Politics & Media
May 19, 2022, 06:28AM

Euthanasia's a Possibility For Those Too Poor to Live In Canada

Next year, Ottawa will allow assisted suicide for the mentally ill.

Mac17 cma carousel01.jpg?ixlib=rails 2.1

A 31-year-old Toronto woman going by the pseudonym "Denise" is confined to a wheelchair and awaiting final approval for a medically-assisted suicide request after she was unable to find an affordable apartment that won't exacerbate her chronic illnesses. With a medical condition that makes her susceptible to anaphylactic shock if exposed to cigarette smoke, laundry chemicals, and air fresheners, finding safe living quarters on her limited budget has been so difficult that she prefers death to persevering. According to Denise, the reason she wants help in ending her life is her "abject poverty."

I hesitate to say this woman is "lucky" that the Canadian government will allow a physician to end her short life, when the alternative is for the government to find her a humble place to live at, at the very least, a subsistence level. How hard can that be for the nation whose citizens are always touting their government's concern for the common good by comparing it to their Southern neighbor's laissez-faire, uncaring individualism?

Denise said she and her supporters have called 10 different agencies in Toronto to locate suitable housing, but none of them were able to even find temporary housing or emergency funds for her. On the other hand, she found that applying to be euthanized was a much easier process. The price of life in Canada can now be calculated with some simple math. Just add up this woman's modest monthly financial requirements and subtract the $1200 in government assistance she's now receiving, and you have the number.

Denise’s plan was made possible under Canada's MAID (medical assistance in dying) law, passed in 2016. Previously, that legislation covered those whose death was already inevitable, but the law was expanded last year to include those in other categories than the soon-to-be dead. Denise doesn't really want to die, but she sees no financial path to avoid life on the streets in a wheelchair.

Denise is in a different category than another person CTV reported on—Cheryl Romaire, suffers from chronic inflammation in her spinal cord, and now feels "constant burning, electrical, icy pain" in her back. Romaire's also eligible for euthanasia, but that's because her  suffering's unbearable. A few extra bucks a month isn't going to alleviate that. The ethics of promoting assisted suicide are thorny, but the morality of healthy people insisting that those in Romaire's situation must bear their pain for a lifetime must be scrutinized as well.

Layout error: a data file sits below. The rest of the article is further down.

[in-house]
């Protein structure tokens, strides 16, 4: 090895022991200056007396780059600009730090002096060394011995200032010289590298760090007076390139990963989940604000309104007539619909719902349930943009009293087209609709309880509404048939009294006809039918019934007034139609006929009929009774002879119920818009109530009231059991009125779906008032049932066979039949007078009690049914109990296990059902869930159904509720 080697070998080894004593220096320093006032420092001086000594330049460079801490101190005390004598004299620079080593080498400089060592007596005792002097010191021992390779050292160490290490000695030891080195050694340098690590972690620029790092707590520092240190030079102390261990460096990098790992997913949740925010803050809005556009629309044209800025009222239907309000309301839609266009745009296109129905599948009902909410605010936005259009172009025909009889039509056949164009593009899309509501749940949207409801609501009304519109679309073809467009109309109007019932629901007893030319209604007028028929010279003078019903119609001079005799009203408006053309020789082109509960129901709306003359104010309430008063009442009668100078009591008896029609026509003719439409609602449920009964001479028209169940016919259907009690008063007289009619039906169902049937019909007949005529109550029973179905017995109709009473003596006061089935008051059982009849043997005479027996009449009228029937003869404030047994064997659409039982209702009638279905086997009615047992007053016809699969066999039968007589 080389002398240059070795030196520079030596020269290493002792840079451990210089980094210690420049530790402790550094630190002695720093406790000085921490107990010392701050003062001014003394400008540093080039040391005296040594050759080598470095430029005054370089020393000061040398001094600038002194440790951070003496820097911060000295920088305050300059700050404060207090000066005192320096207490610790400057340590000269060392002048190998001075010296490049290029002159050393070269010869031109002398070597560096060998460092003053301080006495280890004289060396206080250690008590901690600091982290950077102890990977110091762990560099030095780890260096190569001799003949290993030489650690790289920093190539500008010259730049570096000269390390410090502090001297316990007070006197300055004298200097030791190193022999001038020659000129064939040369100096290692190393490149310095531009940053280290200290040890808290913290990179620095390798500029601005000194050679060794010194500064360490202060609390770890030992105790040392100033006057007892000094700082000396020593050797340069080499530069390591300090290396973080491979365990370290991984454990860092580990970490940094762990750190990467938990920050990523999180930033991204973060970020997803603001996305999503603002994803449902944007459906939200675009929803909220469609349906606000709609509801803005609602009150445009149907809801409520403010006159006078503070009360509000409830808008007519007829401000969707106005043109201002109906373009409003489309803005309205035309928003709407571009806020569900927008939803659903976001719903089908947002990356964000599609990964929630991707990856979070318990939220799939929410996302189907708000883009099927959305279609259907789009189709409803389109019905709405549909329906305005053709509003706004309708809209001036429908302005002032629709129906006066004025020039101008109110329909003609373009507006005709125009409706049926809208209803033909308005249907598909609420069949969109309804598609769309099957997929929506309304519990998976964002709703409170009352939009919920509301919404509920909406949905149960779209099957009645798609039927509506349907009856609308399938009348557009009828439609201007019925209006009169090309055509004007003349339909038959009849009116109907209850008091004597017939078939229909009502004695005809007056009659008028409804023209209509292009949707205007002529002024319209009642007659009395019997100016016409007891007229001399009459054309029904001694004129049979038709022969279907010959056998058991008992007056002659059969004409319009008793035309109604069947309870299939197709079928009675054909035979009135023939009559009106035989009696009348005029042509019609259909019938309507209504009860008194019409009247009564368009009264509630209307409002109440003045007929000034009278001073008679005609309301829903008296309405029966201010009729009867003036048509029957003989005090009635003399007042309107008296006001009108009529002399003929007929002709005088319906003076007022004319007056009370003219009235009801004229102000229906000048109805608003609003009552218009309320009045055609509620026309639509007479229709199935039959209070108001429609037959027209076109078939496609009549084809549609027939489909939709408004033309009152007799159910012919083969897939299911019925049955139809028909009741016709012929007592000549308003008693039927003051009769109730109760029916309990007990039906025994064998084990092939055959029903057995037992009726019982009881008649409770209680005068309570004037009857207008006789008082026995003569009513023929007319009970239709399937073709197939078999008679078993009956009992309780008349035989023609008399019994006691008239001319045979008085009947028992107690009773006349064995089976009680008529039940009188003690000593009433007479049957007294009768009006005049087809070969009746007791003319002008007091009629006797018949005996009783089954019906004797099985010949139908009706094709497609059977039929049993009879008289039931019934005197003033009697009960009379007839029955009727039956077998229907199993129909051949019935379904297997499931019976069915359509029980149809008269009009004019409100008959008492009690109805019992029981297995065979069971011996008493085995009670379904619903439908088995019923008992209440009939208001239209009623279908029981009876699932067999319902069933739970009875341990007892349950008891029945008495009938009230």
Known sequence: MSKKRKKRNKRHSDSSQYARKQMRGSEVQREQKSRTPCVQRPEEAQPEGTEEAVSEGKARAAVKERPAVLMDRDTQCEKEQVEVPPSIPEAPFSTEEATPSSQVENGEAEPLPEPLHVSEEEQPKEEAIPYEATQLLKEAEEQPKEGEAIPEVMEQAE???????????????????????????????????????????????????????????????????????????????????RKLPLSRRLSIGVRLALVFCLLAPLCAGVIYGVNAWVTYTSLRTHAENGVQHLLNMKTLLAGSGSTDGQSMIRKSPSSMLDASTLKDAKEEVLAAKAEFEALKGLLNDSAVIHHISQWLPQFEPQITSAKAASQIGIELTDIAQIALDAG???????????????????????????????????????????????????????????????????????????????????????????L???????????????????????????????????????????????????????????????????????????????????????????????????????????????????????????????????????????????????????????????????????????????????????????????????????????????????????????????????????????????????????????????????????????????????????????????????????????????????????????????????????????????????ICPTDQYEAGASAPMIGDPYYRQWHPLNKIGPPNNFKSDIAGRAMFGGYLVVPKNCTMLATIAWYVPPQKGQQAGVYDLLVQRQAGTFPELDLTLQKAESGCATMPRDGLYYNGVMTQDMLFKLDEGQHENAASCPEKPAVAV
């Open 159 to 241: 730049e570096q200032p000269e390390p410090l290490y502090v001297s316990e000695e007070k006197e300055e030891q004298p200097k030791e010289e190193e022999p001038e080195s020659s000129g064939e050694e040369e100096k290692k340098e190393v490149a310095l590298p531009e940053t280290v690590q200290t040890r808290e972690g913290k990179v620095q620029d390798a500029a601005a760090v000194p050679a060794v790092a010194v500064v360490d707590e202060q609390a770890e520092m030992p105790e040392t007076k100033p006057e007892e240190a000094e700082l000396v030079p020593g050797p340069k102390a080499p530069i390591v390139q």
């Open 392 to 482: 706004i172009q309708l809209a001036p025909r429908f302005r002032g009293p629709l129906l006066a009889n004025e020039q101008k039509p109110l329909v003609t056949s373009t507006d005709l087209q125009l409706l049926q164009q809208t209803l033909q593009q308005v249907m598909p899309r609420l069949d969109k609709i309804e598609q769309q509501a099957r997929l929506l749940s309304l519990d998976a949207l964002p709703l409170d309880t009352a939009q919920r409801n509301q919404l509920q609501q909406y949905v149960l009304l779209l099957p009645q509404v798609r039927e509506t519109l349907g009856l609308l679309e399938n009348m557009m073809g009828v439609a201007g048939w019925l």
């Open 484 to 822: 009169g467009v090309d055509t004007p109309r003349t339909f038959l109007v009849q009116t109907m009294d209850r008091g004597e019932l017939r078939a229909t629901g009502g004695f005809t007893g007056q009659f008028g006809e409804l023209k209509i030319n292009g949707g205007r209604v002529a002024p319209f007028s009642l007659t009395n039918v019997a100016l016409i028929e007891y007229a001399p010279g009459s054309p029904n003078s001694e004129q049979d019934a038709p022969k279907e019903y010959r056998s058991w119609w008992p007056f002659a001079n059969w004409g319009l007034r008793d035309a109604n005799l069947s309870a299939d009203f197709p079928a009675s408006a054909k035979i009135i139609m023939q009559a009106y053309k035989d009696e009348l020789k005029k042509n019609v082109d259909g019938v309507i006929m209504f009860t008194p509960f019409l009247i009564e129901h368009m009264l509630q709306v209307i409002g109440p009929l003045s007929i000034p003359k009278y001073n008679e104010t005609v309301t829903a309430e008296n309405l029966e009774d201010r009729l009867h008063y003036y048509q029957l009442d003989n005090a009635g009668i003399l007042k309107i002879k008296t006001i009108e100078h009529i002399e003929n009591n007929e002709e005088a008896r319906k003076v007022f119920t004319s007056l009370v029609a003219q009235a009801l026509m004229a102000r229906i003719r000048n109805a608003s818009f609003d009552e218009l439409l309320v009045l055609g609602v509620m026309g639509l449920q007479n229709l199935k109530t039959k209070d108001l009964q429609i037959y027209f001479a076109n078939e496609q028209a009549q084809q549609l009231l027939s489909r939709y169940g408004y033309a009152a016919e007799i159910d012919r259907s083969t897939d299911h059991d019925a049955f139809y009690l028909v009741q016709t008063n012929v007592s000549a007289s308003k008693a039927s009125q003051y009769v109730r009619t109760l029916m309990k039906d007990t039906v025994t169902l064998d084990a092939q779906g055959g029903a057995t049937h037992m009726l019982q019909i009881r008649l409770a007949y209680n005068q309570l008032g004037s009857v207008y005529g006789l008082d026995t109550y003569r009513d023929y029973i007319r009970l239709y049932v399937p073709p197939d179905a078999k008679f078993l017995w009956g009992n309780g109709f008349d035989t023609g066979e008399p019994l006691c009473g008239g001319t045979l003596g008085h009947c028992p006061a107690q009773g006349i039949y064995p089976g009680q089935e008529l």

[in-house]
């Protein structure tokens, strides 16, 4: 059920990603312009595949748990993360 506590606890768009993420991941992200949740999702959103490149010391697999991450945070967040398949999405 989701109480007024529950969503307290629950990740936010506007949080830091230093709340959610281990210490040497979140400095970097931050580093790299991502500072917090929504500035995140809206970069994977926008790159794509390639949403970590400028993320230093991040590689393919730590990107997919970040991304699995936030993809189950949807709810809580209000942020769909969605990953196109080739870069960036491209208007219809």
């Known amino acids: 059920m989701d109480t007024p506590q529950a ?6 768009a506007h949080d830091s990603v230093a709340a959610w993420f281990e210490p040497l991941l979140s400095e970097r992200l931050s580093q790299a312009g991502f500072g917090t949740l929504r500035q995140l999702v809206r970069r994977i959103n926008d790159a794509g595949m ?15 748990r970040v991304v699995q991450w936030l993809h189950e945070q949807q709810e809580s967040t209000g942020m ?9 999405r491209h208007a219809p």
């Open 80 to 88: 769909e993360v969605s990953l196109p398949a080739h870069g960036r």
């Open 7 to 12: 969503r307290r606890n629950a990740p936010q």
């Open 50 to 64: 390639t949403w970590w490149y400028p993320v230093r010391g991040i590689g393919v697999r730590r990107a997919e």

Canada's Maclean's has reported on a woman who said, "An increase [in income support] is the only thing that could save my life. I have no other reason to want to apply for assisted suicide, other than I simply cannot afford to keep on living." Canada's getting into tricky moral territory when it facilitates the deaths of people who only want to die because they can't afford to stay alive. An official Canadian government document published in 2020 estimated the cost savings resulting from the original 2016 MAID law and the amendment to that legislation—Bill C-7. Given the cold-blooded nature of this analysis, it's not too dystopian to imagine that the government might succumb to its baser instincts and find a way to justify ridding itself of a costly group that's no longer able to contribute to society. As MAID applicants become younger, which is inevitable, the potential government savings over their longer lifetimes will provide an added economic incentive to help them check out. The government would find a way to explain that such a culling of the herd was based on the most humanitarian of motivations.

In March of next year, Canada will become one of the few nations in the world to permit euthanasia for those whose sole underlying condition is mental illness. Doctors will soon be able to kill patients suffering from depression, which is depressing.

What's going to happen is that those who can’t afford needed therapy, medications, or crucial medical care will seek the MAID option. In the event of another pandemic, the scenario of the government participating in opt-in euthanasia is frightening. My calculation of the dollar figure Canada places on a human life is approximately $1000 per month. Denise currently receives $1200 in government assistance, and I believe that she could live on $2200. Life's becoming cheap in Canada.

Denise ought to make her name public. Through charitable organizations and crowd-funding, she could certainly make up the difference. That might embarrass the Canadian government enough so that it will rethink its facilitation of suicides of people too poor to live.

It probably won't.


Register or Login to leave a comment